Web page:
It is also important to consider that the party filing the cancellation action must be the same that conducted said use. In this regard, the use by related companies, even if they have a common control would not be admitted.
Use without registration
But, what happens when the user of an unregistered mark does not file the cancellation action during the statutory term? The answer is simple, but the consequences are significant. The Industrial Property Law establishes that a registration is not effective against a third party who in good faith has used the same or a confusingly similar mark in Mexico, provided said third party had begun to use the mark prior to the filing date of the application for registration, or the date of first use declared in the application of a third party.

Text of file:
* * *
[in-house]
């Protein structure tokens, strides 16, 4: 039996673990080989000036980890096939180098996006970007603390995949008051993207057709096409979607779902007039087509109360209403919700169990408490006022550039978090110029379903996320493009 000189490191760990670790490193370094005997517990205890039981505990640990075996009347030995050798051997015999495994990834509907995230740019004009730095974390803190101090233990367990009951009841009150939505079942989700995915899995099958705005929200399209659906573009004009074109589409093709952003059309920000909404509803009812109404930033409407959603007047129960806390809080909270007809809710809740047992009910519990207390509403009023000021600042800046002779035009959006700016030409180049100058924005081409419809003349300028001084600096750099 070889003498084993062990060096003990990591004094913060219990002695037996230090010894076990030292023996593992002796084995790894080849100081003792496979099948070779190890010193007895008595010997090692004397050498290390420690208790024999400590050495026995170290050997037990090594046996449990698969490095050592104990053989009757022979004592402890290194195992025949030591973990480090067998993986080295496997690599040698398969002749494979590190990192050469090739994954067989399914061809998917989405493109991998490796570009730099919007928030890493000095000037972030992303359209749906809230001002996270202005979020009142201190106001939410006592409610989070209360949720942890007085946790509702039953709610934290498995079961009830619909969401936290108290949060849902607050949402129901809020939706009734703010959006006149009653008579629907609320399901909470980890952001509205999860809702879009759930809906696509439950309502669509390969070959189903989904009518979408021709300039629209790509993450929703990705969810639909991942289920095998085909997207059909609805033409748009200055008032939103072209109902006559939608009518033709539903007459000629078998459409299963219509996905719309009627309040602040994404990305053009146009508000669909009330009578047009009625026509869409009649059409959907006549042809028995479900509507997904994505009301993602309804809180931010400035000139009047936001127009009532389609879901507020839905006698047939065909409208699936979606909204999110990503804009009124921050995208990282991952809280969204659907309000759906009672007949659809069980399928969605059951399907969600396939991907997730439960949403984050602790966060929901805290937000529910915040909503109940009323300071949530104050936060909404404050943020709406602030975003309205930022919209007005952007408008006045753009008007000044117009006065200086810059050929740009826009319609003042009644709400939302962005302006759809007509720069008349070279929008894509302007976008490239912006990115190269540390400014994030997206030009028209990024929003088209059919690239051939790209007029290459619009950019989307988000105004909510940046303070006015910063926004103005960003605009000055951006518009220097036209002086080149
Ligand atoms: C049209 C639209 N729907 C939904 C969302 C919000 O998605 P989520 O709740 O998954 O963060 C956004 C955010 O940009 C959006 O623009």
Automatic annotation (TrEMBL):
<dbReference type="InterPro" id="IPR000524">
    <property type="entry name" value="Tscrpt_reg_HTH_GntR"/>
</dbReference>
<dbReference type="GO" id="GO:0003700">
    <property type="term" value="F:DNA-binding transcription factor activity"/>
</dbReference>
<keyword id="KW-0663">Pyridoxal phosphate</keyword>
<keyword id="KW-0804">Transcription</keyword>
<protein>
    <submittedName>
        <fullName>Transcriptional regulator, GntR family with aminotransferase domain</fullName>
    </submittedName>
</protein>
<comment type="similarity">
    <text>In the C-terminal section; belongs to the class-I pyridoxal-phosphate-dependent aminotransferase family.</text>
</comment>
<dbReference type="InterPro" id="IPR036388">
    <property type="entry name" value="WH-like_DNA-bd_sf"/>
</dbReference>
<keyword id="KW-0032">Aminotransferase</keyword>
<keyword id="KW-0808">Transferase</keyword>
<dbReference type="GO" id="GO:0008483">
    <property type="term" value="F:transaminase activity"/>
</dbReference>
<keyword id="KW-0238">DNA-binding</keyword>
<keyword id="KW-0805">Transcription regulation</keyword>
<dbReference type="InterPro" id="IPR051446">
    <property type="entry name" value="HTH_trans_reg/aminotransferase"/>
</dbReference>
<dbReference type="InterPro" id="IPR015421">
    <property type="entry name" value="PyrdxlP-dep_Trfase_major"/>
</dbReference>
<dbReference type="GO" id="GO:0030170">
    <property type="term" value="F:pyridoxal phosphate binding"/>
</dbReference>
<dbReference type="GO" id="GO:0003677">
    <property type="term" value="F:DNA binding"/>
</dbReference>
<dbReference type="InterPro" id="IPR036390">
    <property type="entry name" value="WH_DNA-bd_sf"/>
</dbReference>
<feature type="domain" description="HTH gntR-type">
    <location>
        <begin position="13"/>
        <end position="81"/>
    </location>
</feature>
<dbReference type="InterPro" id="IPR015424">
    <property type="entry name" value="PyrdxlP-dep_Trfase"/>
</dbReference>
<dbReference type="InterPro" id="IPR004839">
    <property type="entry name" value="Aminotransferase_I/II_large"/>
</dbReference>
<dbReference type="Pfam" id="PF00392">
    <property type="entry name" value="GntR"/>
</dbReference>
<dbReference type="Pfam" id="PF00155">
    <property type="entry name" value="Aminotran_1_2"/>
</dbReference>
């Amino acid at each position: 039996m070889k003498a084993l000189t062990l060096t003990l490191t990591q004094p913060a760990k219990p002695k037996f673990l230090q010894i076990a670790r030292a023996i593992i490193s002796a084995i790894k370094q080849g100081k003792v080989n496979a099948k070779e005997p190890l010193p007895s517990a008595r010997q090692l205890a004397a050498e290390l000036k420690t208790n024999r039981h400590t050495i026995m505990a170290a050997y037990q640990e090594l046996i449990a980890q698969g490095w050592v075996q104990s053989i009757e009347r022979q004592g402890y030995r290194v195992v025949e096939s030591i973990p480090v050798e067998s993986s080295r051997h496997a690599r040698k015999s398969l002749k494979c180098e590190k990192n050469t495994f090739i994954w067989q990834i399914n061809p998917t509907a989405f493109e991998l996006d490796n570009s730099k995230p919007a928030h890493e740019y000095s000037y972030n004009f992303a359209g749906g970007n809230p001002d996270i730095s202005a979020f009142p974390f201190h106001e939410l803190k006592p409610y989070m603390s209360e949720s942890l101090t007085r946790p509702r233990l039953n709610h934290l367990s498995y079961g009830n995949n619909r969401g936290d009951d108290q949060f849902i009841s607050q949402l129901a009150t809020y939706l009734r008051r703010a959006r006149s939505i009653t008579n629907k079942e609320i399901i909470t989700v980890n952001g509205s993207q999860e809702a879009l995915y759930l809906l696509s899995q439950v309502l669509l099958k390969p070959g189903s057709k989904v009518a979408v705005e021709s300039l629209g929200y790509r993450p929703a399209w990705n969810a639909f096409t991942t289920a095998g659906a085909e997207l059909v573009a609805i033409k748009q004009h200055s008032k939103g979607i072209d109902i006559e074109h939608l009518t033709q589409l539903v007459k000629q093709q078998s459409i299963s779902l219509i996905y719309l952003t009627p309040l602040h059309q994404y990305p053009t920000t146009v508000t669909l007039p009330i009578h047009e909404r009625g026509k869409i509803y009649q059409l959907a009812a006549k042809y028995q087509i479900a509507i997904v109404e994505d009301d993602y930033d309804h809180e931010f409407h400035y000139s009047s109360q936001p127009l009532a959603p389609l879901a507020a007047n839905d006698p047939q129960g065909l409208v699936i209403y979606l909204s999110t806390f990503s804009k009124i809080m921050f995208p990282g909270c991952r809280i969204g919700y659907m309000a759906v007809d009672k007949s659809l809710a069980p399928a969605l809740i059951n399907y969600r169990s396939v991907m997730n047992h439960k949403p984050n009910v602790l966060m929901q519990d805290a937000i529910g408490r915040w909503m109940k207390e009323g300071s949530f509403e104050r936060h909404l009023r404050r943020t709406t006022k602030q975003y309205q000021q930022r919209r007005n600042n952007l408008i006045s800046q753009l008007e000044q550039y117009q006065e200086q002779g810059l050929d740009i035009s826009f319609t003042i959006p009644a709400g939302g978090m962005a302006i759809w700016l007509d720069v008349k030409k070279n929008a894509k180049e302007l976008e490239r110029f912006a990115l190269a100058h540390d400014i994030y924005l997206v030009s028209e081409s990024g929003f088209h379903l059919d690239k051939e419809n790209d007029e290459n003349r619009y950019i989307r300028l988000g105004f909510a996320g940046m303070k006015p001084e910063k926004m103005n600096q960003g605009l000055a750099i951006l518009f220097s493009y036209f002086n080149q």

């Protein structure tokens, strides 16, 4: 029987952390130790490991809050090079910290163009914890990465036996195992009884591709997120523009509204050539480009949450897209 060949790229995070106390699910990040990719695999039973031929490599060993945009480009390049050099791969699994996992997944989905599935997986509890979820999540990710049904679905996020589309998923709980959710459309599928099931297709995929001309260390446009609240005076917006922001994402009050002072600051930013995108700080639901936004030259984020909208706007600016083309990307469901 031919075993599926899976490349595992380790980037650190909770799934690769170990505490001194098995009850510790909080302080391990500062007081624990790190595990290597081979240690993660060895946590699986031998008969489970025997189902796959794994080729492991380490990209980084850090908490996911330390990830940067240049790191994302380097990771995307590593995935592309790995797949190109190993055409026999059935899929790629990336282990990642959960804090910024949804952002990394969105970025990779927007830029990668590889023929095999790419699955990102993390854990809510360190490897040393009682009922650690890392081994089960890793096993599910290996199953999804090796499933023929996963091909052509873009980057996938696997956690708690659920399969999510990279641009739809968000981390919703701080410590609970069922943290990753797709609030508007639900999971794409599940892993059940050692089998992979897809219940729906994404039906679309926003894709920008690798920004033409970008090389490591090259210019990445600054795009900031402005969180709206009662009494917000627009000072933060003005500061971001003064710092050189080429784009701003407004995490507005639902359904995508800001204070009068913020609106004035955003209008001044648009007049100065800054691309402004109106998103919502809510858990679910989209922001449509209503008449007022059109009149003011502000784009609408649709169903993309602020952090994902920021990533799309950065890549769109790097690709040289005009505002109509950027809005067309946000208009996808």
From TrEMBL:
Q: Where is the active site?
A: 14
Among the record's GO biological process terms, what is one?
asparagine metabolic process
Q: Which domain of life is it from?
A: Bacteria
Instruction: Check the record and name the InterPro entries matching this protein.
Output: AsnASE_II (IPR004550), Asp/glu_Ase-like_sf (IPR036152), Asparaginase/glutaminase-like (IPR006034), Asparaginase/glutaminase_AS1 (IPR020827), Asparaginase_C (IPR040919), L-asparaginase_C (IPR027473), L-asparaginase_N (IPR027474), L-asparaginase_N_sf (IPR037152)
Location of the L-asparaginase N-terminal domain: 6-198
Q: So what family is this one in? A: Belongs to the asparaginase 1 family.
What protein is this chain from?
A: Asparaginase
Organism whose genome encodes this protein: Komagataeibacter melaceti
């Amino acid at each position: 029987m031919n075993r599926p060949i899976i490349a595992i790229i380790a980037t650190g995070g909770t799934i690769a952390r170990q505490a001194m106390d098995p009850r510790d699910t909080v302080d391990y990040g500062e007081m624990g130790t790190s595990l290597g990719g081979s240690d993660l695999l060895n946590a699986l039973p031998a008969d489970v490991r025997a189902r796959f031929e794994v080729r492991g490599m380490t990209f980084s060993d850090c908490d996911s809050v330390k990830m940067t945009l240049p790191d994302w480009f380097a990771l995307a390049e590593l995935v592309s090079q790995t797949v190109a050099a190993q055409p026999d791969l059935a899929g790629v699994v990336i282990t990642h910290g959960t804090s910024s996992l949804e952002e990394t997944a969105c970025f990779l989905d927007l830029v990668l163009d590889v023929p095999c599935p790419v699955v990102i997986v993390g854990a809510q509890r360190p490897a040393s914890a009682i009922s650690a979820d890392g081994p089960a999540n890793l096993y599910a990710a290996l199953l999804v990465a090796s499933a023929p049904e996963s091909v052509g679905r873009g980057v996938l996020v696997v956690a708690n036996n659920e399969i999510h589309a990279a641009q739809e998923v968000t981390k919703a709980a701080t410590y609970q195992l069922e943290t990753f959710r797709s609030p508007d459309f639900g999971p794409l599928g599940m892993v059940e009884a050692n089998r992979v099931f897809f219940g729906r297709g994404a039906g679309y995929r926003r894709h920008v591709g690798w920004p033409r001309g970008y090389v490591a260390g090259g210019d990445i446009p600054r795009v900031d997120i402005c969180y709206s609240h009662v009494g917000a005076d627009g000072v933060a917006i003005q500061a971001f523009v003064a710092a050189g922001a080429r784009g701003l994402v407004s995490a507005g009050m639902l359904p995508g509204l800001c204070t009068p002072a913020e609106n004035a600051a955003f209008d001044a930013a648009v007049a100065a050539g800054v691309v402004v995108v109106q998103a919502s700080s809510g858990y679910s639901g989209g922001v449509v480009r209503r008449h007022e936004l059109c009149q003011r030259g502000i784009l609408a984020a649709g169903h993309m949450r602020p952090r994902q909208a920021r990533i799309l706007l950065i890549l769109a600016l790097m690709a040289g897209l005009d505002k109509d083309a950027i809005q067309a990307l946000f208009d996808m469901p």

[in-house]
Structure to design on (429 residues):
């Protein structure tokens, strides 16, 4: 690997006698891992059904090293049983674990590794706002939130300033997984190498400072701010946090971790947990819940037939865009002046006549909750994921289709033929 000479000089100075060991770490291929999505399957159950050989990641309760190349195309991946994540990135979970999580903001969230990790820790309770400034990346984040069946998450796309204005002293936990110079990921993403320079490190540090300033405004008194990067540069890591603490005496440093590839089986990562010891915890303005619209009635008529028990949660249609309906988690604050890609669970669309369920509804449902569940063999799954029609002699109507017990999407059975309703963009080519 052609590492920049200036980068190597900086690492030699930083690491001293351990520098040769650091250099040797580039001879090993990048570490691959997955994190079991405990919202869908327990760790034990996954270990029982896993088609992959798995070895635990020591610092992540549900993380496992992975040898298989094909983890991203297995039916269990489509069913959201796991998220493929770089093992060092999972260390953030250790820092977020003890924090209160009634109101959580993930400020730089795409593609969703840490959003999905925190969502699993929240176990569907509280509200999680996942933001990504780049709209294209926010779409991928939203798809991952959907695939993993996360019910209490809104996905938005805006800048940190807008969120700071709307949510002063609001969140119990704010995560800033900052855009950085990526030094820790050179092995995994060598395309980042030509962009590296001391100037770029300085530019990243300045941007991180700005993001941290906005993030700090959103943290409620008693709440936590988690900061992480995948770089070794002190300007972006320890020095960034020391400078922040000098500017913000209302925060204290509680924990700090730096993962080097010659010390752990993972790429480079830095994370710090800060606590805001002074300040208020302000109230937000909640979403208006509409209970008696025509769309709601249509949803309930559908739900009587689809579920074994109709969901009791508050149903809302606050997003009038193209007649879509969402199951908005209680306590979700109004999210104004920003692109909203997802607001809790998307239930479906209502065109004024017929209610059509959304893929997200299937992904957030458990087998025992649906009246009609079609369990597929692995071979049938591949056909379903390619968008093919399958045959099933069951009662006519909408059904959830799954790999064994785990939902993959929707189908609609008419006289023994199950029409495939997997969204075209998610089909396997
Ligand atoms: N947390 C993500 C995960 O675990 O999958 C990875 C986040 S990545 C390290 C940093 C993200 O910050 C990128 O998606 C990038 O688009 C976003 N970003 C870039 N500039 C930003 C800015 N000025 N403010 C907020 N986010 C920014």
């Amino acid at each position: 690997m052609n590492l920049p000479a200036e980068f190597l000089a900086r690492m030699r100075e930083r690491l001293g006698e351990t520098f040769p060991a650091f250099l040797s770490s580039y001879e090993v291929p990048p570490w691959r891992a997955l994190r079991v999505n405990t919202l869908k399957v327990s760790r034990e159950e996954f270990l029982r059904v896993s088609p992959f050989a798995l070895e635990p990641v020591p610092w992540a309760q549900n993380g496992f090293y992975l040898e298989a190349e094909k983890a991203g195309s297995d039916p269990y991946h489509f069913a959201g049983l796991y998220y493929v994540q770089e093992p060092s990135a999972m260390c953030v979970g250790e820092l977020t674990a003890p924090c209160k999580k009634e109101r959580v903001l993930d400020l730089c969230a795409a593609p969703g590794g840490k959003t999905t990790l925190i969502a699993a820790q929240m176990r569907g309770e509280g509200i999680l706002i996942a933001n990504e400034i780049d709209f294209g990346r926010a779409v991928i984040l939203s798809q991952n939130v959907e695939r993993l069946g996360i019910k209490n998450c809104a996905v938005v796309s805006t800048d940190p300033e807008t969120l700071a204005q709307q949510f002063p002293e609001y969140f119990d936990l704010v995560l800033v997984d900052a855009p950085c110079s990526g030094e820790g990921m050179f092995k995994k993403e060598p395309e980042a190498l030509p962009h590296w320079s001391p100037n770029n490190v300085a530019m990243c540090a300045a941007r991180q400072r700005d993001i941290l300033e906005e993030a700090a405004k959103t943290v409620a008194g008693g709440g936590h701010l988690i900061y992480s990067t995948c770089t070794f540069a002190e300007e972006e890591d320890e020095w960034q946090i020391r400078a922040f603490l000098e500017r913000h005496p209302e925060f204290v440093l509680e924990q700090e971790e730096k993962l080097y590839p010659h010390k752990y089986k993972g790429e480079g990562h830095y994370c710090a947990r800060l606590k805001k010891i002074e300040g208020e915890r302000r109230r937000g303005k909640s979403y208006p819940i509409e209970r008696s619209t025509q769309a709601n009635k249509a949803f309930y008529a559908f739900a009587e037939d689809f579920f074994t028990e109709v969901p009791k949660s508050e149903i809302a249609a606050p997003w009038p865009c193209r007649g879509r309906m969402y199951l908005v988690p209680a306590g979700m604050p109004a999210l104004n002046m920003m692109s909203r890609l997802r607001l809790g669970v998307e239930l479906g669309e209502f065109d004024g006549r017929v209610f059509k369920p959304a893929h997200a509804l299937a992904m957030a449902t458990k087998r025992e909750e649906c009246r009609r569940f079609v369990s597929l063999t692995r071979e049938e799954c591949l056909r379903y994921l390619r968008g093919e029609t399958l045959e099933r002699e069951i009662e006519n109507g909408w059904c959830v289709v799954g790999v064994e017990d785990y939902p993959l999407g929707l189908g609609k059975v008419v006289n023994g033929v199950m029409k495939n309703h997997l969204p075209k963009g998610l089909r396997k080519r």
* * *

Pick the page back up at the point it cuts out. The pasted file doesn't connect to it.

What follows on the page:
In spite that prior use may be a defense against infringement, a prior user will not have the privileges that arise from a registration. In this regard, said user will not be able to initiate actions to prevent the use of the same or a confusingly similar mark. In other words, the user will always be exposed to be damaged by the use conducted by any other user of an identical or confusingly similar mark without the possibility of initiating any legal action.
In addition to the above, the user will not be able to license the rights derived from the use of an unregistered mark and neither would be able to assign them.
In conclusion, my advise will always be to register the marks in Mexico before conducting any use or in the case of foreign companies when their expanding business plans contemplate Mexico.
The above in the understanding that the lack of use for three consecutive years would make vulnerable the registration towards a cancellation action on grounds of lack of use initiated by a third party.